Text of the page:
Finding Balance through Macrobiotics
by Kirk R. Patterson
Kumiko Ueki was born in Tokyo and raised in Yokohama. Through J’s Kitchen restaurant and six other restaurants, she is raising awareness of macrobiotic cuisine and the natural approach to life that it represents.
Please tell me a bit about your background.
After graduating from high school, I went to veterinary school because I wanted to help sick animals, but I dropped out after becoming disenchanted with the way animals were treated.
At 20, I married an American and moved to Los Angeles. However, with our lives moving in different directions and with the stresses of an international marriage, we divorced seven years later, and I moved back to Japan.
How did you get into the restaurant business?
Returning to Japan, I told my father that I wanted to operate a restaurant. I think I was influenced by my grandmother, who ran a Russian restaurant. My father owns six golf courses and so he let me operate a restaurant in one of them, but I had to get the bank financing and learn accounting and other aspects of management on my own.
I opened the first restaurant in 1991, and then one per year, in each of the golf courses, after that.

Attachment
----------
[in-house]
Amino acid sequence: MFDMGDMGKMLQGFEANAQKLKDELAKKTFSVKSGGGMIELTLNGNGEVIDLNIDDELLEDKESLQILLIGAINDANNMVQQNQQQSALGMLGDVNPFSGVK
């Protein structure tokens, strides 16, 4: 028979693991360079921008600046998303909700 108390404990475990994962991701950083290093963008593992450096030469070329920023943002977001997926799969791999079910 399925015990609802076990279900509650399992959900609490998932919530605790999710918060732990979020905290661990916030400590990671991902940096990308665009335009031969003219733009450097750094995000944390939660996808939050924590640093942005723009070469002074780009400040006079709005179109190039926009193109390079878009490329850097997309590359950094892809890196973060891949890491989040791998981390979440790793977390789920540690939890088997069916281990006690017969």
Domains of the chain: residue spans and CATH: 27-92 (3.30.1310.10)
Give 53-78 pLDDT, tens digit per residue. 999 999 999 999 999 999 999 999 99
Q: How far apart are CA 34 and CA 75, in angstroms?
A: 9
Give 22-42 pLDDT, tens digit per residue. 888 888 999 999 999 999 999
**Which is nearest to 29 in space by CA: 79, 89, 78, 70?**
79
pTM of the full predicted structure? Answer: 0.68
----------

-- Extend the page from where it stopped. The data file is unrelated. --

When did you get into macrobiotics?
While I was in California, I became interested in vegetarian cuisine and that led me to focus on macrobiotics. I started strictly following the macrobiotic diet in 1991, and I took macrobiotic cooking lessons at the Kishi Institute of Japan in Ebisu and from other teachers.
In 2000, I was back in California. I started seeing my ex-husband again and I got pregnant. Just as we were talking about remarrying, when I was five months pregnant, he died in a traffic accident. After my son was born in 2001, I returned to Japan.
Macrobiotics makes the mind peaceful and the body strong, and I believe that allowed me to overcome the tragedy more easily. That experience made me want to make the benefits of macrobiotics available to others, so in 2004 I introduced macrobiotic menus in all my golf course restaurants. In 2005 in Hiroo, I opened my first purely macrobiotic restaurant—J’s Kitchen. “J” is for Jerome, my son. I am very happy when I see so many people getting to know macrobiotic food.
What is macrobiotics?
The underlying principle is that what we eat greatly affects our physical and emotional well being. It’s about getting back to a diet that is in harmony with the human body. The macrobiotic diet and philosophy make people more cooperative, less aggressive, and less envious of others. As a result, I believe that they can contribute to a better, more peaceful world.
What have you learned from the various twists and turns in your life?
I have learned that we should rely on our own abilities and trust our decisions. Also, I always want to help others feel better and to share what I have learned.
What are your plans for the future?
I plan to open a J’s Kitchen in Los Angeles in two years. And beyond that, I imagine myself taking it easy operating a bar on some tropical island beach.